Getting email responses22 Sep 2006
“Simple name-slug personalization can lift the click-through rate by up to 30%. We’ve seen true content personalization lift response rates by 300%.”
Obviously this is talking about email marketing campaigns (though it’s probably not a bad idea sticking the name of the person you’re writing to on personal emails, either!) and is probably quite unsurprising. With a little bit of intelligent mailing (time-of-day scheduling, etc.) it’s quite trivial to make mass emails appear to originate from a real person. In my last job we sent out over 110,000 “name-slug” customised emails each week in a little over 8 hours (~15,000 an hour) and then a little faster after some optimisations (I think it was cut down to six), so if you start it not too late in the morning it’s quite possible to get out messages over the course of the day that appear as though they have a genuine, personal, author. (The purpose, of course, being the promotion of Australia’s number one cult-of-celebrity morning show!)
Of course that was newsletter content, not the “true content personalization” [sic] that Heapps speaks of, but for the most part it’s difficult to see the appeal of “true content personalization” more broadly — businesses will generally have a core focus and if their customers are receiving emails from them it’s probably in relation to that core area. Exceptions are obviously out there… two that spring to mind are wholesalers/distributors and multidisciplinary creative agencies (web/print, event/web, print/vision, etc.) that have fairly distinct groups of clientele.
For churches, “true content personalization” could take a variety of forms but probably won’t in the kind of automated capacity Heapps suggests. For example, you could potentially have different email messages for youth/adults, parents (kids ministry)/unmarried/childless adults, men/women. However, I do think these would be different email messages and not merely “personalisations” of the same core email. Then again, if your church sent out a weekly newsletter this might be somewhat different.
The way St Matthias does things is simply to send out emails as required to relevant people. This isn’t managed terribly well at present and I’m hoping we’ll be able to change that over to a proper email campaign system sometime in the near future (when, you know, spare time rears its ugly head!) – BUT, technical aspects aside – it does mean that there is a certain freeness in the way things are run.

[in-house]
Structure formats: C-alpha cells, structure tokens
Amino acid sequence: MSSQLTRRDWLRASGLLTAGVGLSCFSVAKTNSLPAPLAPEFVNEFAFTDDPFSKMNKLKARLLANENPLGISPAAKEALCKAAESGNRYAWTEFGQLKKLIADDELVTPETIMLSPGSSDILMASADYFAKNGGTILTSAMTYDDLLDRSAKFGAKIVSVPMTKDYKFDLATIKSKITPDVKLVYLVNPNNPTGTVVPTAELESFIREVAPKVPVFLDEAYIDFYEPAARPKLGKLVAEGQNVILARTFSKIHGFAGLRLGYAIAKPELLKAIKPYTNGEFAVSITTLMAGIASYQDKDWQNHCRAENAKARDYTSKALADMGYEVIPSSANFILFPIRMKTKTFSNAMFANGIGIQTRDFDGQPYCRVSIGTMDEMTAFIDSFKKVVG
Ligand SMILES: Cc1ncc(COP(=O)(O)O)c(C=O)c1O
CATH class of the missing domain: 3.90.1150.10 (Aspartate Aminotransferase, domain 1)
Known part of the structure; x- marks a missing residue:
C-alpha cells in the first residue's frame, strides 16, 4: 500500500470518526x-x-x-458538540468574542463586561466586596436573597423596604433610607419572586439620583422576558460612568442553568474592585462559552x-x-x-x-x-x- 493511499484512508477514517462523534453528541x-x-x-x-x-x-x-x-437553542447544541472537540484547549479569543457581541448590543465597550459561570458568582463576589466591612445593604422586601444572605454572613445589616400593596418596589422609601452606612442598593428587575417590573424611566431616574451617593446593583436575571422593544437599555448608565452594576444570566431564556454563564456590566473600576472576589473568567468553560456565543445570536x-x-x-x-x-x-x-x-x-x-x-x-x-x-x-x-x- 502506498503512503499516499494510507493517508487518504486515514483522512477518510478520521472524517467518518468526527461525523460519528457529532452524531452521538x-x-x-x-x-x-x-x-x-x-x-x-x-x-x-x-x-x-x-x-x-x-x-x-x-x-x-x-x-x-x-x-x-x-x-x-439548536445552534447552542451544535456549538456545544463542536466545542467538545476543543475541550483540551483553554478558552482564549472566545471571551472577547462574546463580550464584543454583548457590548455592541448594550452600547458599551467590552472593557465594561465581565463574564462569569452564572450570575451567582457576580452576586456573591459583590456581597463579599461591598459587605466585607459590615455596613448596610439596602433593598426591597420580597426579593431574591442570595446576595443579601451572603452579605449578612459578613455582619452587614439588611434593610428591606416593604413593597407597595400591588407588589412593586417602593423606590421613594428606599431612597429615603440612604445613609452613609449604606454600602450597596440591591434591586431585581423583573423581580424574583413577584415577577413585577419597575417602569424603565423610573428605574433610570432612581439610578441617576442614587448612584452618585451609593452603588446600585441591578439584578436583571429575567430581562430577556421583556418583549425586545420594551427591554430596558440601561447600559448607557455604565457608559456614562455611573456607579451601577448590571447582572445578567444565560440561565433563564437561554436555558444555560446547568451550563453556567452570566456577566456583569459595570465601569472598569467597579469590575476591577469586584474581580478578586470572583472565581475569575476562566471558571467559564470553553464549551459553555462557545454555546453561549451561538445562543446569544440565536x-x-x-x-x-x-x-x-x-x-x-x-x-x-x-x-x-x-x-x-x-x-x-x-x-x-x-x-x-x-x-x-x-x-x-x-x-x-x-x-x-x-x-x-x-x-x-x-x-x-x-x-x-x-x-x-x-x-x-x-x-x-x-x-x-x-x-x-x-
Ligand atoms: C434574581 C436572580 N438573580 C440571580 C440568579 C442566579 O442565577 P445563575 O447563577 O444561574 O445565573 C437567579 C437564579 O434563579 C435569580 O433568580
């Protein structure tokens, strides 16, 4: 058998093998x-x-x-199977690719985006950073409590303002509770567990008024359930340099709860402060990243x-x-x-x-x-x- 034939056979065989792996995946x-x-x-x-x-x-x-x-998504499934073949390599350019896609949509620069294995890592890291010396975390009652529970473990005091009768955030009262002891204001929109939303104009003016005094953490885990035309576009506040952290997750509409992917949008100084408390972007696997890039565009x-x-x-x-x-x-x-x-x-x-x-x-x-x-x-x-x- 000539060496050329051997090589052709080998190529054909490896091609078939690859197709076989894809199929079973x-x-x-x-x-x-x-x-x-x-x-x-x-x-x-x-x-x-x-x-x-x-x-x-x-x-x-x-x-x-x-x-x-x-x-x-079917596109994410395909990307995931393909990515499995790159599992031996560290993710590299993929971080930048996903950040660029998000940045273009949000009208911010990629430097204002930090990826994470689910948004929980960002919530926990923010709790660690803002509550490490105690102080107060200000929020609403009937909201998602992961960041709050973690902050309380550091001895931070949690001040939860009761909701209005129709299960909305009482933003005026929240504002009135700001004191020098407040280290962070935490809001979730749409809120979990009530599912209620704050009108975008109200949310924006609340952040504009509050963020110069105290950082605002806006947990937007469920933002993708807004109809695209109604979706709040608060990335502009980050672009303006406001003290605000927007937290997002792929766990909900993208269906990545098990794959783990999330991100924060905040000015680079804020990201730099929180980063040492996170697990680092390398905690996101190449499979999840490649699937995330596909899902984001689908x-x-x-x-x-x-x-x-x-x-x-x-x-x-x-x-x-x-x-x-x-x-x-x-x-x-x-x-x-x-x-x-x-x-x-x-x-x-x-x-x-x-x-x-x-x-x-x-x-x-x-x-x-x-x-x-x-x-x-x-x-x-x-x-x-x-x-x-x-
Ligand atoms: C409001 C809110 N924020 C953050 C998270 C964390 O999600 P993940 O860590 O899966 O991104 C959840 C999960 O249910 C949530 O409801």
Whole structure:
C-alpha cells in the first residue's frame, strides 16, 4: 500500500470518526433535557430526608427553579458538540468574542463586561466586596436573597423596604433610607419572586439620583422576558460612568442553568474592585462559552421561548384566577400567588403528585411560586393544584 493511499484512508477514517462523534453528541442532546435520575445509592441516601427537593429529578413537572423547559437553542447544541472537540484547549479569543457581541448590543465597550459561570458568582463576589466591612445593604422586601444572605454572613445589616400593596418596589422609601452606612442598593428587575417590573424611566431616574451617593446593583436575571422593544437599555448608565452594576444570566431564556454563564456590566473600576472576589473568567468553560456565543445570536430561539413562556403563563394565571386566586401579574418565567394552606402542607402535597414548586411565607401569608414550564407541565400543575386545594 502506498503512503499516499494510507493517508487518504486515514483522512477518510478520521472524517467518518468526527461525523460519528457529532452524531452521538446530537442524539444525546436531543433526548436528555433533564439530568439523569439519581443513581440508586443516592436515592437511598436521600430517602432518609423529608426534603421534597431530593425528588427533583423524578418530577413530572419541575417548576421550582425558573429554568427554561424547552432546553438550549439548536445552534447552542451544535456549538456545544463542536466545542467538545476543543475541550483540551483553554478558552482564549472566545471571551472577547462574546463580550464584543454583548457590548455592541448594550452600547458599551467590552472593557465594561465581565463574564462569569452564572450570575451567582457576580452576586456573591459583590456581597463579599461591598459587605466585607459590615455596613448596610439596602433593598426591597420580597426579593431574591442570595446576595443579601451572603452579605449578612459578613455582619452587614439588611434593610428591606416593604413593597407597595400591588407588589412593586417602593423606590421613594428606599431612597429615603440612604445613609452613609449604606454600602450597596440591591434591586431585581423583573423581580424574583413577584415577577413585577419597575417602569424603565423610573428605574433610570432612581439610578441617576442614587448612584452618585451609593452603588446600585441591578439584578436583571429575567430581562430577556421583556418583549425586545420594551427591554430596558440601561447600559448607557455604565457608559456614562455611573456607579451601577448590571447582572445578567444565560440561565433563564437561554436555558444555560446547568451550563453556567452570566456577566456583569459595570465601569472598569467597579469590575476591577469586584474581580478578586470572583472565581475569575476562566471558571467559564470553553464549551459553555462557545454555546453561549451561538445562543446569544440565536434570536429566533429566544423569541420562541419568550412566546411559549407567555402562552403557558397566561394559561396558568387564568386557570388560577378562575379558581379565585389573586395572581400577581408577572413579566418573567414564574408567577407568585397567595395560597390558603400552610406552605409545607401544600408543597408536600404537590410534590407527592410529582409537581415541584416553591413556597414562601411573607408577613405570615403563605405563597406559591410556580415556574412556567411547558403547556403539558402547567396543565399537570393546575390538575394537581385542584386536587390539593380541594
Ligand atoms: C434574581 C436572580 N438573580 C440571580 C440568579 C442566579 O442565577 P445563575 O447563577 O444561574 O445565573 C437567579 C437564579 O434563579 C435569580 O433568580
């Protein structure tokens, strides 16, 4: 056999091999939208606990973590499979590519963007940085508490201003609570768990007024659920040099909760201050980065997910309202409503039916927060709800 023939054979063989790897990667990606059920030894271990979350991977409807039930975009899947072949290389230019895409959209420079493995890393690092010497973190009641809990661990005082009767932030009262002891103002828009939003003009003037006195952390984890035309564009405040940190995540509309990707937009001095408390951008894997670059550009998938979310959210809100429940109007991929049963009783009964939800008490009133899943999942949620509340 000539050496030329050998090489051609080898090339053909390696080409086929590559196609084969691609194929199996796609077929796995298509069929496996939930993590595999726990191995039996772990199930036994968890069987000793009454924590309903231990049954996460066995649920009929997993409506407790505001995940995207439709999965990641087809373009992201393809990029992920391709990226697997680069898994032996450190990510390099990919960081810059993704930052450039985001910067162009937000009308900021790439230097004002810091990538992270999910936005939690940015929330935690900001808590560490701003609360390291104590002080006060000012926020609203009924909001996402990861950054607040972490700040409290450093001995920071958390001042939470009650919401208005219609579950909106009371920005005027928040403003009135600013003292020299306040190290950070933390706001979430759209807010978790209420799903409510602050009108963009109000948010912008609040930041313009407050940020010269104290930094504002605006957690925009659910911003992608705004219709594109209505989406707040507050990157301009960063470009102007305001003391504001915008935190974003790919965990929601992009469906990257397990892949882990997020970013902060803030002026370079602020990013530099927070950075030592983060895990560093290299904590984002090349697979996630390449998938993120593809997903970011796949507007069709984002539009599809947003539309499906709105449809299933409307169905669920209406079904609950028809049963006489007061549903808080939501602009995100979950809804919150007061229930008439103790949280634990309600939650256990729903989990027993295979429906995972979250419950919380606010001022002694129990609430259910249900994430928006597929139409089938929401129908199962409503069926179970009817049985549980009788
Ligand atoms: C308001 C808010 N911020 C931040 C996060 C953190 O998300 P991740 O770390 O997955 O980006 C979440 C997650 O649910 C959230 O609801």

We can send out emails any time, not just when it’s time for a newsletter to drop around — and we don’t need to send out emails at all unless there is some reason to. That last point is pretty important, because it means that people aren’t stressing about creating a newsletter each week/fortnight/month unnecessarily. It also means that email from Matthias, in the eyes of our members and partners receiving messages, remains a vehicle eminently for the purposes of communication. In a way, this is our version of “true content personalization”: irrelevance is not expected, and, presumably, we get a better response for it (though email and web campaigns are still quite separate… by which I mean to say web campaigns are non-existent, and we can’t track email responses accordingly!)
There is, of course, a factor of size. A youthgroup with even 40 kids and six or seven leaders is probably going to struggle to write enough content for a newsletter each week — or, even if they’re not struggling, there are perhaps better ways they could have spent that time. A larger group might find it immensely helpful to keep in touch this way.
“Newsletter” is a fairly abstract term, however, and don’t hear me saying there’s no role for emails that don’t communicate anything new. They’re great for sending reminders (automatic or manually crafted) about events even where people have known about the events for ages. They’re also great for consolidating things that have already been said or done (though I personally see much less of this happening — reflection is more the realm of blogs these days than email, perhaps). Most of all, they’re great when they’re personal and relational. A cold form-mail doesn’t have the same impact as a warm or slightly jovial form-mail, and even the slightly jovial form-mail pales in comparison with a truely personal message (in composition and content).
Which raises the question as to whether this whole thing seems strangely verisimilitudinous for a reason. We strive to emulate this personal essence in mechanical utterances (oh, gosh, it’s AH all over again) and find that we can lift our response rates with “true” (there’s the verisimilitude, I guess) content personalisation.
But this is just shouting in the marketplace. If we will blame email and electronic communications for the decay of interaction in society, we must remember that it is certainly not the first one-to-many medium. The only difference I can see is that, in this marketplace, there are sometimes walls of one-way glass that prevent reply. That metaphor is interesting, because it suggests that the speaker (the observed one, speaking to the marketplace) is the one most disadvantaged by this circumstance. We have no right to reply, but they cannot even see us. They know nothing about their audience; their audience cannot steer them in the right direction.
This isn’t some Cluetrain beatup, but an observation of what is, upon a little reflection, self-evident. Essentially, if you have a message to get across to people, don’t make their job in receiving it any more difficult than it needs to be. If you have ambiguities in your message, let them ask. The tendency of organisations to use <firstname.lastname@example.org> email addresses is completely contrary to reason with regards to this issue of communication. The one exception is mass media, which is, it must be said, definitely not most of us.